One of 16 honorees to receive the 2013 Presidential Medal of Freedom, former UC Berkeley professor Daniel Kahneman was awarded the highest civilian honor by President Obama last Thursday.
Kahneman was recognized for his pioneering work in cognitive psychology, integrating the study of decision-making and judgment with economics and laying the foundations for behavioral finance as a new field of research.
“He changed the field in many ways,” said Eldar Shafir, a psychology professor at Princeton University who has known Kahneman for more than 20 years and co-taught courses at the Woodrow Wilson School of Public and International Affairs. “He did the right studies to change the way economists and social scientists do work and research now.”
Born in Tel Aviv, Israel, Kahneman grew up in Paris but returned to Israel after escaping Nazi-occupied France. He studied psychology and math at the Hebrew University of Jerusalem and was later accepted as a graduate student in the psychology department at UC Berkeley, completing his doctorate in 1961.
“It was the only place I applied, I knew it was one of the best in the world,” Kahneman said. “I was quite eclectic as a grad student and started out my career mostly publishing in vision research and teaching statistics.”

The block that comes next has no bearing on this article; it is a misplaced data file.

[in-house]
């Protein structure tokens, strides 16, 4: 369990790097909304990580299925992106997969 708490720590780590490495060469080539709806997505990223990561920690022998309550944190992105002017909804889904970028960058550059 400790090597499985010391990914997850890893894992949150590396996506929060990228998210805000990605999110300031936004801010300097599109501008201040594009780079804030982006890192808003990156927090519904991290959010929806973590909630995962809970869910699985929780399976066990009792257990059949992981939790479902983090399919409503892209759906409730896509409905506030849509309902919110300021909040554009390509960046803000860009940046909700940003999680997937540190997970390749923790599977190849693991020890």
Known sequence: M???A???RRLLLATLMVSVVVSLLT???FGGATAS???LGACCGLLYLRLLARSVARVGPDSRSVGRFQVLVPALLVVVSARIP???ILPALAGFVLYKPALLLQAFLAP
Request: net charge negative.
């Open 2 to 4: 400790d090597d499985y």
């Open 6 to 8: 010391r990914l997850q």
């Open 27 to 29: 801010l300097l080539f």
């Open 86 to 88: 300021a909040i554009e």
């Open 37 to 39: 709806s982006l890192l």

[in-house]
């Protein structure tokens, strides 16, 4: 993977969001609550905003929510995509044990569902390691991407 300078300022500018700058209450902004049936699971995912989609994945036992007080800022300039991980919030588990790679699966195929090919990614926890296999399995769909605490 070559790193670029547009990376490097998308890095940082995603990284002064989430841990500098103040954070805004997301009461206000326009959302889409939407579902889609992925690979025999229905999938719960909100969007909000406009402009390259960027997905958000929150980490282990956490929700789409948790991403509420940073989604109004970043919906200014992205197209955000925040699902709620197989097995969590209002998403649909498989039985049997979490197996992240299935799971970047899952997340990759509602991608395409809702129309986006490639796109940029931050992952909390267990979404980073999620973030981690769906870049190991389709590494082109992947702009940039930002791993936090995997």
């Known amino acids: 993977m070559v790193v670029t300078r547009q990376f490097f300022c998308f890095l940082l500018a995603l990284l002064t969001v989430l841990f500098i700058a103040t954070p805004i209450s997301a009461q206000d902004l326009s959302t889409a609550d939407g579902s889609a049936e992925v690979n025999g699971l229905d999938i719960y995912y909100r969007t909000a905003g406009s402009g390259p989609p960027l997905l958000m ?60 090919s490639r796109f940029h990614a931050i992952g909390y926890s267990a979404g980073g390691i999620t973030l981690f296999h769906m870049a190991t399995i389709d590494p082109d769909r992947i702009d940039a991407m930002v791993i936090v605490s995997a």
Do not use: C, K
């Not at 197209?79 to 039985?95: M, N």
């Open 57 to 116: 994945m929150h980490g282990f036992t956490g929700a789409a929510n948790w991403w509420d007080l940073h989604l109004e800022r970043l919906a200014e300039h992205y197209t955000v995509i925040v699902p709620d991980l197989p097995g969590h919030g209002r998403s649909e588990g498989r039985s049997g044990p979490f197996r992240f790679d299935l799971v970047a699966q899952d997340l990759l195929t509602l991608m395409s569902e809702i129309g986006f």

Kahneman returned to UC Berkeley as a faculty member in 1986 and taught undergraduate courses in judgment and decision-making as well as in cognitive psychology. His courses influenced undergraduates such as Terrance Odean, now a professor of finance at Haas School of Business.
“He has been by far the most influential person in my career,” Odean said. “Most of the research I’ve done is built on the research he did, taking the ideas he developed in psychology into finance.”
According to Odean, his relationship with Kahneman began freshman year, when he was reading the spring course catalog in Evans Hall and saw that he was teaching a class that very afternoon.
“I immediately jumped on my bike and rode down to the lecture,” Odean said. “I knew he was teaching a class the next fall that was hard to get into, so I wrote him a long two page letter convincing him to let me in.”
Kahneman went on to teach at Princeton University’s psychology department and at the Woodrow Wilson School of Public and International Affairs, earning the Nobel Prize in Economics in 2002. He and his wife return every summer to their house in Berkeley to visit old friends, such as Odean.
The Presidential Medal of Freedom is celebrating its 50th anniversary and recognizes exceptional meritorious service. Recipients this year include Bill Clinton, Sally Ride and UC San Diego professor Mario Molina.
“I feel flattered,” Kahneman said about receiving the medal. “It’s more than I ever expected.”